Dragons' Den Episode 9

I particularly liked the deal made last night on Dragons’ Den (if you haven’t seen it yet, click here to watch it online). There was another deal made during the show, between Clayton Hollingsworth and Brett Wilson, for $5000 ($500 of which Clayton received before he left the set), but while Clayton was providing a service, it was not an investment.

The deal which was more interesting was between Ross Lipson & Howard Migal of Grub Canada, and Brett Wilson (yet again). They came in asking for $200,000 for a 20% stake in their company. According to their site:

GrubCanada.com allows you to order food online from all your favourite restaurants for delivery or take out. We make ordering food, fun, fast, easy and much more convenient…

How It Works?

  1. Place order online for delivery or take out.
  2. Restaurant receives and confirms order via email.
  3. Restaurant prepares and delivers or you pick up your meal.
  4. You enjoy the hot, fresh food that just came so quickly and easily!

However, once they presented their numbers, it was clear that their valuation was priced too high at $1,000,000. In the month before their appearance on the show, their income was a mere $12,000. Extrapolating based on their growth and sales forecasting, their annual, after-tax income for that year would be about $70,000.

Ross and Howard, however, knew their company, and the numbers. Their membership was growing consistently between months. Sales were on the rise. Their biggest issue was marketing, and pushing their site around. While their valuation was high, consideration was being given for the fact that they were a young company, and still undergoing natural growth.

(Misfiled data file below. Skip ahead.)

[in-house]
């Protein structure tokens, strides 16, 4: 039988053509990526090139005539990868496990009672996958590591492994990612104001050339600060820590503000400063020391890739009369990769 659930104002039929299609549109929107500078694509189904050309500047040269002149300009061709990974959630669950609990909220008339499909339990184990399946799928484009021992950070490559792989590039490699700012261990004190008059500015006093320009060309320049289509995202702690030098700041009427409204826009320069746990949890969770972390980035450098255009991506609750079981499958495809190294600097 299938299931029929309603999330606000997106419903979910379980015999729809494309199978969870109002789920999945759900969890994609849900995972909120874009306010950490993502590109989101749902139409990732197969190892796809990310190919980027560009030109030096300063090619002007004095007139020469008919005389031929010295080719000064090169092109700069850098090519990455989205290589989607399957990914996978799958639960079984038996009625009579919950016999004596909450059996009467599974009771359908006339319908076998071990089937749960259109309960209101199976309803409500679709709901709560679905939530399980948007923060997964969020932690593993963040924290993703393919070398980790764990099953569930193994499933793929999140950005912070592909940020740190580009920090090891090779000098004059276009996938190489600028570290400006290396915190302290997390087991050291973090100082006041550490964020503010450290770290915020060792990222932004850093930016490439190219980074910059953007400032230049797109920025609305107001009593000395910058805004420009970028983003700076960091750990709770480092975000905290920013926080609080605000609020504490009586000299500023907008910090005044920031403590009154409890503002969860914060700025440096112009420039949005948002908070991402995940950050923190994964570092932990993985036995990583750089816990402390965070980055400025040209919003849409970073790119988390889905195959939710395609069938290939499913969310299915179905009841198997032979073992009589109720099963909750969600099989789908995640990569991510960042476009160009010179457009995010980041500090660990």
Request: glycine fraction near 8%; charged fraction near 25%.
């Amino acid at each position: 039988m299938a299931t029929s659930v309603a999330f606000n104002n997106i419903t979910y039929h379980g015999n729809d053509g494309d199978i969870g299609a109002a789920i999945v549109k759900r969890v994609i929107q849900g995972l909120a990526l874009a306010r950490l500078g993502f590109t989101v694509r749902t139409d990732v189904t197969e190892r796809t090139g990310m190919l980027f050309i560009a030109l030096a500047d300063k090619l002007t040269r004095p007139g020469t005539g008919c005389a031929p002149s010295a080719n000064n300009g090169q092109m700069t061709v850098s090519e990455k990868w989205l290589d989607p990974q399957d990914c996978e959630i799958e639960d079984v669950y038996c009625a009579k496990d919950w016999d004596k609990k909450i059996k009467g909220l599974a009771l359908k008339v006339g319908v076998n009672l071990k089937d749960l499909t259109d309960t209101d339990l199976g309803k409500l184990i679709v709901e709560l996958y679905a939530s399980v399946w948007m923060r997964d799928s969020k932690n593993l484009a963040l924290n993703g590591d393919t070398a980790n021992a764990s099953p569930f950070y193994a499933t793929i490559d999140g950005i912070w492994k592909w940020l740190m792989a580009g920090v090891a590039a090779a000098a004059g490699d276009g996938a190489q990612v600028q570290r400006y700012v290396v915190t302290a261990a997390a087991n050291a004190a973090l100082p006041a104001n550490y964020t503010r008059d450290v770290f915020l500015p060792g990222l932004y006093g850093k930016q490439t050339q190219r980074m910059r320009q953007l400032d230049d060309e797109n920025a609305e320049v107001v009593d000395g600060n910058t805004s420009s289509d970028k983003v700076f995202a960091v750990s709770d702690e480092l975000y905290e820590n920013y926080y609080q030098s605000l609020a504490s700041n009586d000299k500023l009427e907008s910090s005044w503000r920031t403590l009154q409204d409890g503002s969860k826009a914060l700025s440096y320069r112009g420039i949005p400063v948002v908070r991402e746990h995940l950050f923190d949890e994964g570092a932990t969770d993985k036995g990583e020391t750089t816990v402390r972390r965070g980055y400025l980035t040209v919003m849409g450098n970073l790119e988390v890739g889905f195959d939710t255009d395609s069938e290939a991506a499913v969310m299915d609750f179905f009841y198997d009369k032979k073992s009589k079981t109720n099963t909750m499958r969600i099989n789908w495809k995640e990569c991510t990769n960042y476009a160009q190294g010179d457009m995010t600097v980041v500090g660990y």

Kevin O’Leary started the negotiation with an offer of $200,000 for 50% of the company, to which Robert Herjavec joined in, but contingent on the willingness of Jim Treliving or Arlene Dickinson to join the deal. Arlene, however, was not interested, as she found herself attracted to the business smarts of Ross and Howard, but not the idea itself. Jim was also not interested on account of their business model.

The business makes money by taking 9% of the price of any food ordered from the restaurant as a royalty. Jim, as owner of Boston Pizza, found this to be quite steep, and felt that Ross and Howard would have a hard time getting franchises to be interested in working with them. As soon as Jim declined the deal, Robert backed out, and Kevin decided to withdraw his offer.

At this point, Brett made his offer – $200,000 for 50% of the company, and 1% of the 9% royalty being charged to the restaurants. The other dragons encouraged Ross and Howard to accept the deal – at a $400,000 valuation, they were still getting a higher valuation than their numbers justified, and they were not likely to do better from anyone else (not that there was any other deal to discuss).

The end result? Ross and Howard accepted the deal, and Kevin was left asking if this was the deal that got away from him.